Schizophrenia has been linked to endogenous retrovirus infection. Intriguingly, treatment with the antibiotic minocycline was found to reverse schizophrenic symptoms in multiple studies in 2010, 2014, and 2017Minocycline was also found to halt the progression of multiple sclerosis.  Although minocycline is most commonly used as an acne medication, it is in the same tetracycline family as doxycycline, the most commonly used antibiotic in treating Lyme disease.  For some reason, the theorized mechanism of effect of minocycline is primarily anti-inflammatory rather than primarily anti-microbial, even though spirochetes have been stained and cultured from the cerebrospinal fluid of MS patients for nearly a century.  Numerous cases of patients suffering from various mental illnesses and subsequently making a full recovery after an infection with a high fever, or after a bone marrow transplant, have been documented.  Common spirochetes cannot survive above 105.8 degrees Fahrenheit, with optimal reproduction occurring at significantly lower temperatures, and induced hyperthermia/’pyrotherapy’ continues to be utilized in management of persistent spirochete infections.

The Lyme spirochete has been documented to cause new-onset panic disorder (1, 2).  Panic disorder comorbidity with schizophrenia has enough distinct features from other schizophrenia manifestations that it has been suggested this comorbidity should be recharacterizedModerate to severe cognitive impairment is characteristic of schizophrenia, while schizophrenia medications are implicated in brain atrophy.  However, recent research demonstrates that at-risk individuals who later develop full psychosis have a steeper rate of gray matter loss; the authors posit that the missing link between schizophrenia and brain atrophy is neuroinflammation rather than medication.  As it happens, a single 600mg daily dose of the cannabinoid cannabidiol given over 40 months eradicated structural brain differences associated with a high risk of psychosis.

A presentation of stroke which turns out to be rooted in infection with the Lyme spirochete is documented again and again in the literature (1, 2, 3).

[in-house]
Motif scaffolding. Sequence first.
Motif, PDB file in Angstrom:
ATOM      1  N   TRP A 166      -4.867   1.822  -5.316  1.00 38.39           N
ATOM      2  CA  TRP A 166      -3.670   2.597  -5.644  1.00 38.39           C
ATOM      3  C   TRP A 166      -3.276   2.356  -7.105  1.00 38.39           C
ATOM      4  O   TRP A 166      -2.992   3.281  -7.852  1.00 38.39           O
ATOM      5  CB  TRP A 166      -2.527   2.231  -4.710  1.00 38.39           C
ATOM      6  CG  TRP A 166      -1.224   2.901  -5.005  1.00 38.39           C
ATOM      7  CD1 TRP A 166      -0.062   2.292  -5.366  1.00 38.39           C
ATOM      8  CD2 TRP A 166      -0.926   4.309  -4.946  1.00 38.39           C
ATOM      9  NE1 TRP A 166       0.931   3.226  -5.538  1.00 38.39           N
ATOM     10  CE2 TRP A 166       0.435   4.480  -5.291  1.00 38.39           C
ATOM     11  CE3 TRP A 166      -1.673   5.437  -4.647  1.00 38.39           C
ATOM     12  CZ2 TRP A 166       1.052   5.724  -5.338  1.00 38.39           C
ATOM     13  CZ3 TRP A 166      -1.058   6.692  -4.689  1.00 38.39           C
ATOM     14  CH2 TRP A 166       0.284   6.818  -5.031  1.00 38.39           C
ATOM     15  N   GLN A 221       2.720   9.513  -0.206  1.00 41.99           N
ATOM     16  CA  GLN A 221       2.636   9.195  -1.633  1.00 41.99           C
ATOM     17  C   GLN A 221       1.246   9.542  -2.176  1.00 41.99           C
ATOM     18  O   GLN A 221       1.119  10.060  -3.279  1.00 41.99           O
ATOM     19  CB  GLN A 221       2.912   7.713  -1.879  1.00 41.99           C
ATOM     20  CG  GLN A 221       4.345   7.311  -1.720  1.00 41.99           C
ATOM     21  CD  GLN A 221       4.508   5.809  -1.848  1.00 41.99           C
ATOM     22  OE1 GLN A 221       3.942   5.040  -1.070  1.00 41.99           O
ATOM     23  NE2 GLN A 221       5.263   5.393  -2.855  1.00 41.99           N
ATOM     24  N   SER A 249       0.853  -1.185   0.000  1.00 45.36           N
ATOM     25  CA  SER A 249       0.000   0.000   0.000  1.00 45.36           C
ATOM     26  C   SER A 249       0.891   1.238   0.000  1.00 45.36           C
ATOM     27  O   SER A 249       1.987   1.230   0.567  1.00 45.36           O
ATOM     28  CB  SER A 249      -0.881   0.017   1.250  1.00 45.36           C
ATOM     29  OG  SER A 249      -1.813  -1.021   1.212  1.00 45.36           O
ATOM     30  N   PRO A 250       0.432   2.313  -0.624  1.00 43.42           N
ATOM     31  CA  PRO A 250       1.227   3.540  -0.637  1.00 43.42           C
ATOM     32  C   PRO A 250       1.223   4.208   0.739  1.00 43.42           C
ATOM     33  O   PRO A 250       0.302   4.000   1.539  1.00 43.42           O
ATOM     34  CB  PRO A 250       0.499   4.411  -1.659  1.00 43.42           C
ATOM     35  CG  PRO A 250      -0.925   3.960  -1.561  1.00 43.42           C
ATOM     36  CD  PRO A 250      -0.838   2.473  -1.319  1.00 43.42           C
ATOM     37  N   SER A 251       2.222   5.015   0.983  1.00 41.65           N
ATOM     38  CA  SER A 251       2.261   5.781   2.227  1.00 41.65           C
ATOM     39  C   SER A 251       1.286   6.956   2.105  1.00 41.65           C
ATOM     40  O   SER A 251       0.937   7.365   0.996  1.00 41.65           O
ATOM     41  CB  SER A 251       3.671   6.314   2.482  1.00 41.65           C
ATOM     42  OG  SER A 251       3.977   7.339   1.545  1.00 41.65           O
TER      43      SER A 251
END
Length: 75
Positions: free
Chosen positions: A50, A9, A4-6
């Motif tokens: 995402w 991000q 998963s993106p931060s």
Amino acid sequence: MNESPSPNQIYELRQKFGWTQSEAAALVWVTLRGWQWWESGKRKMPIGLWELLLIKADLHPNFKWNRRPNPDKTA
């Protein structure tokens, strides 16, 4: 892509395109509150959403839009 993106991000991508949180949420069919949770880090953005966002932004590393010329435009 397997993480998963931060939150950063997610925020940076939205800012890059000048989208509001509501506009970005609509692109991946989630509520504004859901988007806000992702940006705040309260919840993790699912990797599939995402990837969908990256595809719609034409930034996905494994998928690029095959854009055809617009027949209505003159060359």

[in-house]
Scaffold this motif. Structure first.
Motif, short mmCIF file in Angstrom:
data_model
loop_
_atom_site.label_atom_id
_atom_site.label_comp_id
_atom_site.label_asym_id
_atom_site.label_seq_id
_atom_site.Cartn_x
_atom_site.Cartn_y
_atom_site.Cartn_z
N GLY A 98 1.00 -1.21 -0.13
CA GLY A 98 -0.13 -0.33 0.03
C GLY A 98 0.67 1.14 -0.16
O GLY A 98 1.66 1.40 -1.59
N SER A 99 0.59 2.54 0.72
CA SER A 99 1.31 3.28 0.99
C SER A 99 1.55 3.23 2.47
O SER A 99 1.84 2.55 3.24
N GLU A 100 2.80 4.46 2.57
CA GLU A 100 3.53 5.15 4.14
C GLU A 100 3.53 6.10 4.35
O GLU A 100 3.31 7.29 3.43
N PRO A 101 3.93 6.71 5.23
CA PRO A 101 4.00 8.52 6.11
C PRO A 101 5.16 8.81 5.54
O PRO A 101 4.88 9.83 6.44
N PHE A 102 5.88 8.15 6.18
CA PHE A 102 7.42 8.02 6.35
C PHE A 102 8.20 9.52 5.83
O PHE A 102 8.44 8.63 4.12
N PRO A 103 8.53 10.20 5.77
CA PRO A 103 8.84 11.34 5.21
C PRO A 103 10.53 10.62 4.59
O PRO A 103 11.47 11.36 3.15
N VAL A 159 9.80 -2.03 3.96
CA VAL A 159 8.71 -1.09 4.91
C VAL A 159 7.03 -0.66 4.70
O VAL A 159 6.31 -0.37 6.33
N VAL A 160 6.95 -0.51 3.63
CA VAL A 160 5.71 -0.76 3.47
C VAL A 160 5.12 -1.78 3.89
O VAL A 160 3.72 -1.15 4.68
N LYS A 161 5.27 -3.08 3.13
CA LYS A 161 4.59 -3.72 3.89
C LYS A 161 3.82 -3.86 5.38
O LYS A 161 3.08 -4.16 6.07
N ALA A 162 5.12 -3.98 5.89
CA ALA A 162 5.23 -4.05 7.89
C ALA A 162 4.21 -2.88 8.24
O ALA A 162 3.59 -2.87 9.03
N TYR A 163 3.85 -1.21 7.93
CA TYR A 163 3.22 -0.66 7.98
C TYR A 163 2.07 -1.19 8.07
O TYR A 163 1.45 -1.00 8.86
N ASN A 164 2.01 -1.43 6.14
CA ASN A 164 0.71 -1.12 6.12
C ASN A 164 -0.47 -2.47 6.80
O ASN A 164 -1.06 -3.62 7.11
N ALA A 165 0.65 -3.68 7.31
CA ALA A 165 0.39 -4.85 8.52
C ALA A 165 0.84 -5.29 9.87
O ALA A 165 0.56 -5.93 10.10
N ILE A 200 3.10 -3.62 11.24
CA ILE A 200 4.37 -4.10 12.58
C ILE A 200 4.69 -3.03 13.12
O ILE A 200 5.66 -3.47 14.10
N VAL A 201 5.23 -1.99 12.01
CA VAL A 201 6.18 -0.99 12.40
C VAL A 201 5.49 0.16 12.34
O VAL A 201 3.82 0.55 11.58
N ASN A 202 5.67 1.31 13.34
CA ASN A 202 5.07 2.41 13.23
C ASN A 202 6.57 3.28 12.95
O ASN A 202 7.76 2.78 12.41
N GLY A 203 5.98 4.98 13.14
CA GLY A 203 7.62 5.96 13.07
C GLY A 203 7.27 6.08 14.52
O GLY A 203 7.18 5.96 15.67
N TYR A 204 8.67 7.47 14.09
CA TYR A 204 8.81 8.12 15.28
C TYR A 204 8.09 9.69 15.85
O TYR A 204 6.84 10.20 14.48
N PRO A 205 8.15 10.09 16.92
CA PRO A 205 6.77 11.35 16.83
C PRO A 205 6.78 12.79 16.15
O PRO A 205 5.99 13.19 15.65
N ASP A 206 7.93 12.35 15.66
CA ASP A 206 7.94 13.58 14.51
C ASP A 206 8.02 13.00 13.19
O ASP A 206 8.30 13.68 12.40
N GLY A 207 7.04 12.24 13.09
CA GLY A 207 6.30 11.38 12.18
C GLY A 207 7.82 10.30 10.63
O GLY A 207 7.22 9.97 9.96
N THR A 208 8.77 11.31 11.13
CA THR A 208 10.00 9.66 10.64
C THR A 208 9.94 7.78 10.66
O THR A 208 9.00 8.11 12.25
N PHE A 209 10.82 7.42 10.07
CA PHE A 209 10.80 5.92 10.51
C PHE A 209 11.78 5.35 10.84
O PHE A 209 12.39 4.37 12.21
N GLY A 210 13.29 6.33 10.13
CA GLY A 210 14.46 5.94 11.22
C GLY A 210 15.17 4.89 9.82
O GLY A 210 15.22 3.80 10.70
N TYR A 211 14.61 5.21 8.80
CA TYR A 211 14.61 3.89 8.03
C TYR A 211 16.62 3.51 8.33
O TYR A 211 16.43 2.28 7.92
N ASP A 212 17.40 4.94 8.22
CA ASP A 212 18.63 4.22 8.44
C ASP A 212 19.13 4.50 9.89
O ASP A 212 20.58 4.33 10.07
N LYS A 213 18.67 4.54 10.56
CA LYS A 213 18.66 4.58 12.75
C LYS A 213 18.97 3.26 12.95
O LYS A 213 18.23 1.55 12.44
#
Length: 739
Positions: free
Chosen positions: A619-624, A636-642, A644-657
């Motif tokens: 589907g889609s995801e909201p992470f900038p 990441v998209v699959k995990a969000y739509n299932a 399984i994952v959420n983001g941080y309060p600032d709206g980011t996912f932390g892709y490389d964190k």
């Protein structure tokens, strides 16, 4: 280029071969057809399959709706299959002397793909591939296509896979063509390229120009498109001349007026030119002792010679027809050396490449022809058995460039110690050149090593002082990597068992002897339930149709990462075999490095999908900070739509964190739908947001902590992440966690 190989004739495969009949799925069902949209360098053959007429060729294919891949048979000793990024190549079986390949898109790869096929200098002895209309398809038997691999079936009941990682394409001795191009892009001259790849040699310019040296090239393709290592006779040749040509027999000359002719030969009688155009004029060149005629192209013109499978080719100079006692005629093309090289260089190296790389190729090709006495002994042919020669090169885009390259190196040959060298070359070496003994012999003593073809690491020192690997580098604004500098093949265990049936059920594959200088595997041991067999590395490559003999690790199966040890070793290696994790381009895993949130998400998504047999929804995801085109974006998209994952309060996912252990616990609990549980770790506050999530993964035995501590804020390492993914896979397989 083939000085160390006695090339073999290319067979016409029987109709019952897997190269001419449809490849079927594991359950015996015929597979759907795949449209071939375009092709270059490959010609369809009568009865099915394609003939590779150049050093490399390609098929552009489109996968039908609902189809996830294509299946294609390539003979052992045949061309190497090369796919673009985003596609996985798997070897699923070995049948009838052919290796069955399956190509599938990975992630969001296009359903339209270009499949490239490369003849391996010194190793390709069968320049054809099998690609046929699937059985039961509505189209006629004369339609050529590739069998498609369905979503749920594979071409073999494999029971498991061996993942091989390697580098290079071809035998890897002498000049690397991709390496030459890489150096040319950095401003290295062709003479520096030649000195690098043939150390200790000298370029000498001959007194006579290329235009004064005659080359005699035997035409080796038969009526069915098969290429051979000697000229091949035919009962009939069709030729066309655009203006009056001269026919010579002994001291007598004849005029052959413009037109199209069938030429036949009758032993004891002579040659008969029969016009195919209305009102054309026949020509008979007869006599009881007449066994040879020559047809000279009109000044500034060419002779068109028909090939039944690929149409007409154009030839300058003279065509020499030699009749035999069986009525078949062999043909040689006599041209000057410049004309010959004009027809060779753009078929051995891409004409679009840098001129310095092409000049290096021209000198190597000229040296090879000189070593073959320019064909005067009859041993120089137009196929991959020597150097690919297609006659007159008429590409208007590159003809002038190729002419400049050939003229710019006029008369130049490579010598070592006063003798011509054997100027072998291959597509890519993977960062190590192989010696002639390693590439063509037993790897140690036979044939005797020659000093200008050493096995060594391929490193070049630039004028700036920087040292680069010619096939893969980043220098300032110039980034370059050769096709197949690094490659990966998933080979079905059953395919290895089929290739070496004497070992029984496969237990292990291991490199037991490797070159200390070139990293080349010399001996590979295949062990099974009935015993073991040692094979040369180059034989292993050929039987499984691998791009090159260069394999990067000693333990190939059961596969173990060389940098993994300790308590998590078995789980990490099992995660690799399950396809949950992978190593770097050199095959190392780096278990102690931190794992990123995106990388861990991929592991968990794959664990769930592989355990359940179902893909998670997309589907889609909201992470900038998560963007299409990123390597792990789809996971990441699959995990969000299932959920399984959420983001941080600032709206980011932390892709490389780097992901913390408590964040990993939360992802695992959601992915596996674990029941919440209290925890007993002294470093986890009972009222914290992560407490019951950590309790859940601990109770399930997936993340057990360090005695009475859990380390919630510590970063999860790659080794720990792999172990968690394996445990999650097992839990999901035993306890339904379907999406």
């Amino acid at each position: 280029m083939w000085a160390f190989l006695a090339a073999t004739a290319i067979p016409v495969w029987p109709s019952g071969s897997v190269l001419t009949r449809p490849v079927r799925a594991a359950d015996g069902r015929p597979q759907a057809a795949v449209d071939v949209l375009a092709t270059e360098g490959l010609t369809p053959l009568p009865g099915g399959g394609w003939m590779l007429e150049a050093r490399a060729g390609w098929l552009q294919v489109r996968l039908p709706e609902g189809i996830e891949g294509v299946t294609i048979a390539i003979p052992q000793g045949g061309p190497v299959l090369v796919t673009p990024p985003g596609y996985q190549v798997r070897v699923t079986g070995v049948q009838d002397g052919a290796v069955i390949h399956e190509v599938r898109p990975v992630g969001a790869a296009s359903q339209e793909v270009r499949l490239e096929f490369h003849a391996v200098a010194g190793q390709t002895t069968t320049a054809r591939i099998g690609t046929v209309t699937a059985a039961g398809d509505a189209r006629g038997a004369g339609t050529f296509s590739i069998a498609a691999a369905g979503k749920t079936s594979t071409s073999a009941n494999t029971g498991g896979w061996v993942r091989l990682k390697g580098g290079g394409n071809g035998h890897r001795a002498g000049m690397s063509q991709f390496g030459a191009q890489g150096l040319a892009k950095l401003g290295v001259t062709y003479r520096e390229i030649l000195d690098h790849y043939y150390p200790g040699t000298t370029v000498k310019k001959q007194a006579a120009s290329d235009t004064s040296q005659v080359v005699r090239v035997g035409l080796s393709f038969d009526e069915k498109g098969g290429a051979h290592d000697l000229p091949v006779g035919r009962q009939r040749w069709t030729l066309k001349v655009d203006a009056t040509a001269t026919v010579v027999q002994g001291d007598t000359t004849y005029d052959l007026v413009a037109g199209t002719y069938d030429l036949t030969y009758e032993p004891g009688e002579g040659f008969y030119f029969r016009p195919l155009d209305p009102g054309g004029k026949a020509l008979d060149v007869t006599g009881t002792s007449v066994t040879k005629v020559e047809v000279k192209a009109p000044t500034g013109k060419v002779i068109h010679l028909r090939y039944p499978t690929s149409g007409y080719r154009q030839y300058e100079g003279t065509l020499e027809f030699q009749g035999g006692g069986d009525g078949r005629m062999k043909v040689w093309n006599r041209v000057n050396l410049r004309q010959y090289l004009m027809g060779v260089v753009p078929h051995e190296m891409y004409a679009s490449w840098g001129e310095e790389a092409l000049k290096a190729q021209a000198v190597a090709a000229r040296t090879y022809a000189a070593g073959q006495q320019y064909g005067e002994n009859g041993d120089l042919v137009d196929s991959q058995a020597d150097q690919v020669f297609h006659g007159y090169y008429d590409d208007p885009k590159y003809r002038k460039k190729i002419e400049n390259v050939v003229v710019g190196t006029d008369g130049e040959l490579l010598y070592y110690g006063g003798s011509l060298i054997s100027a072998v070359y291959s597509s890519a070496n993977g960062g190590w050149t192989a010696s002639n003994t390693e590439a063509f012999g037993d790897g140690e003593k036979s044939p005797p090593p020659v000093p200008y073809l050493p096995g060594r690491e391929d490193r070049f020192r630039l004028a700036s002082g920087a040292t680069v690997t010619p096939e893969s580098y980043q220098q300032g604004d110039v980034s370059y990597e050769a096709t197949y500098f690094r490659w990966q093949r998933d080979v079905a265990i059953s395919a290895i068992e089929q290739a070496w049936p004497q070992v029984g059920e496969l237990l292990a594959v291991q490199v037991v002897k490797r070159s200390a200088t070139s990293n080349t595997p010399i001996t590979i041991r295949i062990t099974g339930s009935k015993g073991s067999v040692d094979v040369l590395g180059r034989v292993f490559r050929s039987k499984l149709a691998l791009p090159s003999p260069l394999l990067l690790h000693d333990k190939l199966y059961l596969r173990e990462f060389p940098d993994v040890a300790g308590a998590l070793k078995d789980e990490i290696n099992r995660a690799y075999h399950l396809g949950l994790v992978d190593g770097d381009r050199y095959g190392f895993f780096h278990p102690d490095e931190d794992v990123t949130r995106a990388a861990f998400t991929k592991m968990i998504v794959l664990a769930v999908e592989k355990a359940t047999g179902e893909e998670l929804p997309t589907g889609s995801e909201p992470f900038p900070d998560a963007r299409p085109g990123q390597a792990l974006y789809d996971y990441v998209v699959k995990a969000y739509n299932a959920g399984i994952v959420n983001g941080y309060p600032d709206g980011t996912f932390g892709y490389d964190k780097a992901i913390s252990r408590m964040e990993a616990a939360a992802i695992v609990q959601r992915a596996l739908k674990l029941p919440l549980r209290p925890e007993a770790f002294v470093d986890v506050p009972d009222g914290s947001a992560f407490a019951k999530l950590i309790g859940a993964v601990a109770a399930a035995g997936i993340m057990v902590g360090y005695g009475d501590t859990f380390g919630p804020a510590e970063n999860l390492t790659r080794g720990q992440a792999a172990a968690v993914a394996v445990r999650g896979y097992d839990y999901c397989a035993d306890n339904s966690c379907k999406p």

(Is there further evidence for spirochete-viral coinfections in various chronic neurological diseases?)

A pathogen ensemble could explain the “mixed pathology” often observed in brain tissue autopsies of dementia patients.

Stem cell neurogenesis

A stem cell treatment has been approved in Japan for Alzheimer’s.  A phase I trial is underway in the U.S. with observed restoration of cognitive performance and hippocampal volume subsequent to injection with neural stem cells derived from waist fat.

However, neuroplasticity and mitochrondrial health may be important factors limiting the success of these treatments.

Whole turmeric contains a terpene ar-turmerone which has been shown in rats to increase the proliferation of neural stem cells as well as their differentiation into healthy neurons.

Neuroplasticity and mitochondria

Neuroplasticity refers to the generation of new synapses, the connections between neurons in the brain’s neural network.  A synapse requires a physical point of contact between two neurons.  A typical synapse occurs at the point where a dendrite of one neuron contacts the dendrite of another neuron.  When neuroplastic conditions are present, new connections are being made through a combination of neurogenesis (increasing neuron density) and dendritic outgrowth.

While neuroplasticity is known to decrease with age, loss of existing dendritic spines is characteristic in Alzheimer’s.  Dendrite loss may be an effect of out-of-control synaptic pruning – an otherwise normal process that is mediated by inflammatory cytokines ‘tagging’ a synapse for destructionLoss of dendrites does not necessarily destroy memories embedded in the neural network, but rather prevents access to them, which can be restored.  It has been found that serotonergic psychedelic drugs, commonly referred to as entheogens, stimulate dendritic outgrowth.  Ketamine, a NMDA receptor antagonist with fast-acting antidepressant qualities, stimulates dendritic spine outgrowth and regrowth of spines damaged by chronic stress in mice.

Entheogens as a family are non-specific serotonin receptor agonists, but primarily bind to 5-HT2 receptors5-HT2 receptor loss is characteristic of Alzheimer’s patients and is implicated in the behavioral and psychological symptoms of dementia.  However, 5-HT2 receptor loss precedes the associated neurodegeneration.  The 5-HT2 receptor loss could be due to downregulation subsequent to serotonin misregulation by a third factor.  One study posits a connection between chronic stress and hyperserotonism which then causes the development of a serotonin resistance. Another study showed that low levels of serotonin transporter protein (SERT) is correlated with dementia, implying that impaired serotonin transport is associated with serotonin receptor loss. If impaired serotonin transport and subsequent serotonin resistance is the mechanism by which 5-HT2 receptor loss follows, a supportive therapy is conceivable in which natural serotonin production is suppressed and simultaneously, a non-monoamine 5-HT2 agonist such as LSD is administered to activate 5-HT2 receptors in its place.